Importance of the different proteolytic sites of the proteasome and the efficacy of inhibitors varies with the protein substrate.

Department of Cell Biology, Harvard Medical School, Boston, Massachusetts 02115, USA.
Journal of Biological Chemistry (Impact Factor: 4.65). 03/2006; 281(13):8582-90. DOI: 10.1074/jbc.M509043200
Source: PubMed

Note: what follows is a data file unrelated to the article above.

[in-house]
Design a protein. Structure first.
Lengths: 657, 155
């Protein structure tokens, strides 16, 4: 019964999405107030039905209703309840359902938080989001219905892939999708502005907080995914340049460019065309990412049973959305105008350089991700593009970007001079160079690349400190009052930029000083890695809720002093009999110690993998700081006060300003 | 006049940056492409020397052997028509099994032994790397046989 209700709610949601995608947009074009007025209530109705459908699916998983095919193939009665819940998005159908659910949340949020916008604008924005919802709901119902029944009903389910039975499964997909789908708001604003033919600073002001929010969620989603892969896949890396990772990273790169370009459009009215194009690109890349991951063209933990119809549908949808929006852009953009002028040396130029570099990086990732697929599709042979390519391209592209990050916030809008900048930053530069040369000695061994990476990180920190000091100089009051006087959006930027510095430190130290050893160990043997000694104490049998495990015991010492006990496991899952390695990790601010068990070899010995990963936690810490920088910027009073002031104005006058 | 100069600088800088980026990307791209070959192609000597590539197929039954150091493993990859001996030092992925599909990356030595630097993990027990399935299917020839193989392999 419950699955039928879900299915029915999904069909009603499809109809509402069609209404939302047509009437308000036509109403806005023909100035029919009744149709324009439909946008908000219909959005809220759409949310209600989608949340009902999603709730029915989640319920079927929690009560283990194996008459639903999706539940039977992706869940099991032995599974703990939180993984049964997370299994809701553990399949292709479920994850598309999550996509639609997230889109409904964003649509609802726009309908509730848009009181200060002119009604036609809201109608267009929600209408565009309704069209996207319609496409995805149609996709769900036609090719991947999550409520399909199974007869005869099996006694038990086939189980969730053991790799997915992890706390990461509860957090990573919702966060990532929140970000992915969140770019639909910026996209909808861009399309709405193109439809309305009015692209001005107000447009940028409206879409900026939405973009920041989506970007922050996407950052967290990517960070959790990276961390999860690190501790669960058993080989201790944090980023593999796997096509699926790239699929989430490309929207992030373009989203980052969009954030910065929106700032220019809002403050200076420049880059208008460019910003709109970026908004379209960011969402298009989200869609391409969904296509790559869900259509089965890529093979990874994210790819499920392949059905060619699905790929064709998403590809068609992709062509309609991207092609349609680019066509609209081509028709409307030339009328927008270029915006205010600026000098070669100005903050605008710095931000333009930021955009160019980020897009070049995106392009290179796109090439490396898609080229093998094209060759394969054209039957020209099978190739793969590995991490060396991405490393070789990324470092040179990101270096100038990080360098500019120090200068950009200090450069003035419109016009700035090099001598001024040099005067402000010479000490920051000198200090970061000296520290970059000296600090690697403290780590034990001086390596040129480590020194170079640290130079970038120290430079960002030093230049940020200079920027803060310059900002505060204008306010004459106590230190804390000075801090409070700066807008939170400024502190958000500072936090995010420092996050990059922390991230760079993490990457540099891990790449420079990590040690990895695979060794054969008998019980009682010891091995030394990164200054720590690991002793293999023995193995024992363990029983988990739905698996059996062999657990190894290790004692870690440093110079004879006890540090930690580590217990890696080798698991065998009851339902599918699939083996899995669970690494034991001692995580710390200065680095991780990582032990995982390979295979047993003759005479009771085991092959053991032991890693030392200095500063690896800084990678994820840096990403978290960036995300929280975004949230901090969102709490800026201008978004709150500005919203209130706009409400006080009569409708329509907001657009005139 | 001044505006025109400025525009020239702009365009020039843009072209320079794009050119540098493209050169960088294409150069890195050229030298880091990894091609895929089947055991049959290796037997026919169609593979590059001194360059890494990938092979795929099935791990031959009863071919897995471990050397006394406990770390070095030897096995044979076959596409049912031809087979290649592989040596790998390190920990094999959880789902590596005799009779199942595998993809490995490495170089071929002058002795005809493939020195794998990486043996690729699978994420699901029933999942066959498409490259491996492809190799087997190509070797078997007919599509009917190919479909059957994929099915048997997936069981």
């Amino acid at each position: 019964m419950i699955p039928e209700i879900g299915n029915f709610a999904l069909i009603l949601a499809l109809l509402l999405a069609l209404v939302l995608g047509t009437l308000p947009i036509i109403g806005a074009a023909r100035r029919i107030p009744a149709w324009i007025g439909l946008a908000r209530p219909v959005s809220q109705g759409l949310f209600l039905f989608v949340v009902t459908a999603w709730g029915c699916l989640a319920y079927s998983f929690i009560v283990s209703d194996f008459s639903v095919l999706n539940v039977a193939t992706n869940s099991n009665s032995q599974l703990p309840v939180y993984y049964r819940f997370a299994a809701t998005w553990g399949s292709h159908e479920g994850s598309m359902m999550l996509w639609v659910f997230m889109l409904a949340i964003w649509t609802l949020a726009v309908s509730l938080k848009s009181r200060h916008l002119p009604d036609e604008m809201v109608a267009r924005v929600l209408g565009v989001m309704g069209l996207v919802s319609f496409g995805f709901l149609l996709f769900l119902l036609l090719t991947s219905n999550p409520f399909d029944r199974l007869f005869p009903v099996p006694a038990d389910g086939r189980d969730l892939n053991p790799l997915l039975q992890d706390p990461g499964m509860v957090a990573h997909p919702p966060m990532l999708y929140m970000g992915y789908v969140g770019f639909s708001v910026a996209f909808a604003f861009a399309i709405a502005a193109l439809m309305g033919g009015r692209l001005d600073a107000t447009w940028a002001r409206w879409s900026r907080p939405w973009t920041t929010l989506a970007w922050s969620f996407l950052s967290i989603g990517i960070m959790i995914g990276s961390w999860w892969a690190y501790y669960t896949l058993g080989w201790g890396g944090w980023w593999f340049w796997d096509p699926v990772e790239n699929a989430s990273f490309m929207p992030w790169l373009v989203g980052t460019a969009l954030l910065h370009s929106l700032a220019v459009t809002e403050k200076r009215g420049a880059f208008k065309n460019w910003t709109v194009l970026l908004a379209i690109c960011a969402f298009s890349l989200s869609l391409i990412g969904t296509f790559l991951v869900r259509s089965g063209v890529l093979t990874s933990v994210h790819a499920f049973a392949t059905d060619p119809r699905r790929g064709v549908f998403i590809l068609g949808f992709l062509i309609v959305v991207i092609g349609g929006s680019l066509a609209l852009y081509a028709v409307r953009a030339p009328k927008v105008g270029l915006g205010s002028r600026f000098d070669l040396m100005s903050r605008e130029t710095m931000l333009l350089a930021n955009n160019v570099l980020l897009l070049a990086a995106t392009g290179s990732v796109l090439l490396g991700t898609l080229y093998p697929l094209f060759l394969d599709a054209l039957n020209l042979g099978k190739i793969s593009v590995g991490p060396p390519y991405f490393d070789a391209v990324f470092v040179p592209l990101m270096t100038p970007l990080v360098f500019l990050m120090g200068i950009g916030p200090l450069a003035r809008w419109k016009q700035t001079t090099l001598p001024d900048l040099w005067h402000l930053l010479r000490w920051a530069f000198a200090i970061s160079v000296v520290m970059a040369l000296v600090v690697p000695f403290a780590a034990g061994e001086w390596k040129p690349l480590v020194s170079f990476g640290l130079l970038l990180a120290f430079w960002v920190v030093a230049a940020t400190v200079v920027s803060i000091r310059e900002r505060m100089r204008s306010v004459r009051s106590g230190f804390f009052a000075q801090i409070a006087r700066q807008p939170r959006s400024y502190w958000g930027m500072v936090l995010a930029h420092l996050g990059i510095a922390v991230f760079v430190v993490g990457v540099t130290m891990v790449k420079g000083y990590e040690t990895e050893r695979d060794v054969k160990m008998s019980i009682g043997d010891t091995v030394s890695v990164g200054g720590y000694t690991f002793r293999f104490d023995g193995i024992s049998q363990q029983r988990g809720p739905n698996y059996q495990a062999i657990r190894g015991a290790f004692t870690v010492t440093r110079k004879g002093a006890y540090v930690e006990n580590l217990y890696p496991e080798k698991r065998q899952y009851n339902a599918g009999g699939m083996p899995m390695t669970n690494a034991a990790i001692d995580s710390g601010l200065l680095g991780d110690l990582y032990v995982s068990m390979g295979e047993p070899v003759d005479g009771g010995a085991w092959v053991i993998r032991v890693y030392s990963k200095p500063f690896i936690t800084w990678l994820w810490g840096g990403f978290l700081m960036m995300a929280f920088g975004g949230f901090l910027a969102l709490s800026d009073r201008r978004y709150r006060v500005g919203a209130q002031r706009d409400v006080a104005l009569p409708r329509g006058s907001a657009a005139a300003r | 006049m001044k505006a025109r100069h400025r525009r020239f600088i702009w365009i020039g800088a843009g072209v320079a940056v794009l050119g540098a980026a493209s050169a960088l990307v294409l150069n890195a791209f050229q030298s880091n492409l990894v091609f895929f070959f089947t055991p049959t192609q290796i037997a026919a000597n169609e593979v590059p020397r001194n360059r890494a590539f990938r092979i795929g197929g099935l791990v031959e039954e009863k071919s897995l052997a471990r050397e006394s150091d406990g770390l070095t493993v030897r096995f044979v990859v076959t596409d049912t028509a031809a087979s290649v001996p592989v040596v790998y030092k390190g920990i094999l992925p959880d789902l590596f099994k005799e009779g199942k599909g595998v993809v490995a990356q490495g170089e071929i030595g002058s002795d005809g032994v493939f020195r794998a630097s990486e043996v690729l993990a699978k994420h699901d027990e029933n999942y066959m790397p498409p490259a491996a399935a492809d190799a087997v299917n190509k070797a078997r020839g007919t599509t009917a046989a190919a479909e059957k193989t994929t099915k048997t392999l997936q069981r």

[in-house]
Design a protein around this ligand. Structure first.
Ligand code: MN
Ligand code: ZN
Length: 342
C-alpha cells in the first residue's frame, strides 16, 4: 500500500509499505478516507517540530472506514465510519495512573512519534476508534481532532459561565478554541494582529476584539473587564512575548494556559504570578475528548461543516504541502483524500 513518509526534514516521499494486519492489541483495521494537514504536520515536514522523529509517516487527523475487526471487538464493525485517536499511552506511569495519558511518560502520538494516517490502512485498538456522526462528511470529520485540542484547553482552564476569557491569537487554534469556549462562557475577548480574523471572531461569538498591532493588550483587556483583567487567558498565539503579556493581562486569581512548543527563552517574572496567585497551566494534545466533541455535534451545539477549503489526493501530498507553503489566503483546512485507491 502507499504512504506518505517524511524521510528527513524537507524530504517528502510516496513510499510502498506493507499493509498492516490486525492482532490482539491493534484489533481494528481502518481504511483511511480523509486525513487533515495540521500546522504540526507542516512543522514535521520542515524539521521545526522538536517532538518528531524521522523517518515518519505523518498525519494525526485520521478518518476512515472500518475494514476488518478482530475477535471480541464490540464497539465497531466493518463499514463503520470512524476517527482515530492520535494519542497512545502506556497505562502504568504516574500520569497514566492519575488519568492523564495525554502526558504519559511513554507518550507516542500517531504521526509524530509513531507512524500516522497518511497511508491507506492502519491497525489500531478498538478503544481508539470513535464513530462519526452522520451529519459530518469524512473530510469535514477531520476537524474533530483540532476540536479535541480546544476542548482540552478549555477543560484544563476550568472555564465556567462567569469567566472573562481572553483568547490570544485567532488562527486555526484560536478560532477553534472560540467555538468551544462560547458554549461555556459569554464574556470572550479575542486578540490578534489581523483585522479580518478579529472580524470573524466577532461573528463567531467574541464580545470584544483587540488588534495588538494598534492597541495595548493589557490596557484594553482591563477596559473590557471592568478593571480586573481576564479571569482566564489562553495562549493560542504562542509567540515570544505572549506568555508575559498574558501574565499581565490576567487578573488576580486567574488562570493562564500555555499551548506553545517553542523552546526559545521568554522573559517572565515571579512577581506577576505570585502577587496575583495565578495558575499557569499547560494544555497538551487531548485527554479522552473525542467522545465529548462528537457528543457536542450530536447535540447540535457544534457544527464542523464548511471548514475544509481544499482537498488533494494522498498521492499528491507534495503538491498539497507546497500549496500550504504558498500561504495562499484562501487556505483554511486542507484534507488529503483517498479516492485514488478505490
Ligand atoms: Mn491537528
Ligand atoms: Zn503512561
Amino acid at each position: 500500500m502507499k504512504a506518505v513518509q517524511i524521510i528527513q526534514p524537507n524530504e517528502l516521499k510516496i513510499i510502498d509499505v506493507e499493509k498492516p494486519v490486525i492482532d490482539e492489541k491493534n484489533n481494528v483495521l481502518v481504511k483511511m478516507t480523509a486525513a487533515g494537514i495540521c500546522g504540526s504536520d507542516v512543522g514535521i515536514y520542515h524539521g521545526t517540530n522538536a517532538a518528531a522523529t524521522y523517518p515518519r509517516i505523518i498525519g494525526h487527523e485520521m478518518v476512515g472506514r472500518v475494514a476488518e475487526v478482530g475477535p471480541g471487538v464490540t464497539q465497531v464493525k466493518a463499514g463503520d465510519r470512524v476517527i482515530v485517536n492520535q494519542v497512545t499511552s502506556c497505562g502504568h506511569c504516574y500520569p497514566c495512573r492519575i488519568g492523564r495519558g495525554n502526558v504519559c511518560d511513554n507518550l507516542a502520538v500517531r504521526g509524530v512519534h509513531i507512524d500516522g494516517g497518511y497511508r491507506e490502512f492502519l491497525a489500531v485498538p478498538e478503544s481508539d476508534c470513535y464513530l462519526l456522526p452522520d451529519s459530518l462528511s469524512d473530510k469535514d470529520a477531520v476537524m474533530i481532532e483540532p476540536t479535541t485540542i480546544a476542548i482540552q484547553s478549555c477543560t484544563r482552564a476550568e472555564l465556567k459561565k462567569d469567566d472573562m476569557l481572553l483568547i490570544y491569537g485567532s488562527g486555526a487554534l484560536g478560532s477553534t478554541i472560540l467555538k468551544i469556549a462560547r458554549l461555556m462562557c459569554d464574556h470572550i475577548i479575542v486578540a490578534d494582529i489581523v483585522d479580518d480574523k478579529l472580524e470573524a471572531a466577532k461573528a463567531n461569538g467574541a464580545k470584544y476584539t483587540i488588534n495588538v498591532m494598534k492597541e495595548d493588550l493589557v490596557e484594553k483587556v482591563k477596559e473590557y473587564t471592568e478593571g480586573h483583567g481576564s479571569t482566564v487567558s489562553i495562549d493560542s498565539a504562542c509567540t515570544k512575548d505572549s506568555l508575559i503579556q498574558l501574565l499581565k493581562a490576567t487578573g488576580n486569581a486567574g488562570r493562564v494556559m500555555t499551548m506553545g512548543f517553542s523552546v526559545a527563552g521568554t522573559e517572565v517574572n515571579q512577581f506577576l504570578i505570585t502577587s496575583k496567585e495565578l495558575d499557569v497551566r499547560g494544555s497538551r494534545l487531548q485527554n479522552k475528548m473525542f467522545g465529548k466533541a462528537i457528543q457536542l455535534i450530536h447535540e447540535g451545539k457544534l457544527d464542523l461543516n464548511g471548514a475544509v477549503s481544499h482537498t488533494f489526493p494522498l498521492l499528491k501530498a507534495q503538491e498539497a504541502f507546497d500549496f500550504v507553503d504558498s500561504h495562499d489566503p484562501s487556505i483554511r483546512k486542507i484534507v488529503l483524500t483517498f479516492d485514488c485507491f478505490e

ABSTRACT The relative importance of the different proteolytic sites in mammalian proteasomes in protein degradation has not been studied systematically. Nevertheless, it is widely assumed that inhibition of the chymotrypsin-like site, the primary target of the proteasome inhibitors used in research and cancer therapy, reflects the degree of inhibition of protein breakdown. Here we demonstrate that selective inactivation of the chymotrypsin-like site reduced degradation of model proteins by pure 26 S proteasomes by only 11-50% and decreased only slightly the breakdown of proteins in HeLa cells. Inactivation of the caspase-like site decreased breakdown of model proteins by 12-22% and of the trypsin-like site by 3-35%. The relative contributions of these different sites depended on the protein substrate, and the importance of the trypsin-like sites depended on the substrate's content of basic residues. Simultaneous inhibition of the chymotrypsin-like and the caspase- or trypsin-like sites was needed to reduce degradation by >50%. Thus, 1) all three types of active sites contribute significantly to protein breakdown, 2) their relative importance varies widely with the substrate, 3) assaying the chymotrypsin-like activity overestimates the actual reduction in protein degradation, and 4) inhibition of multiple sites is required to markedly decrease proteolysis.

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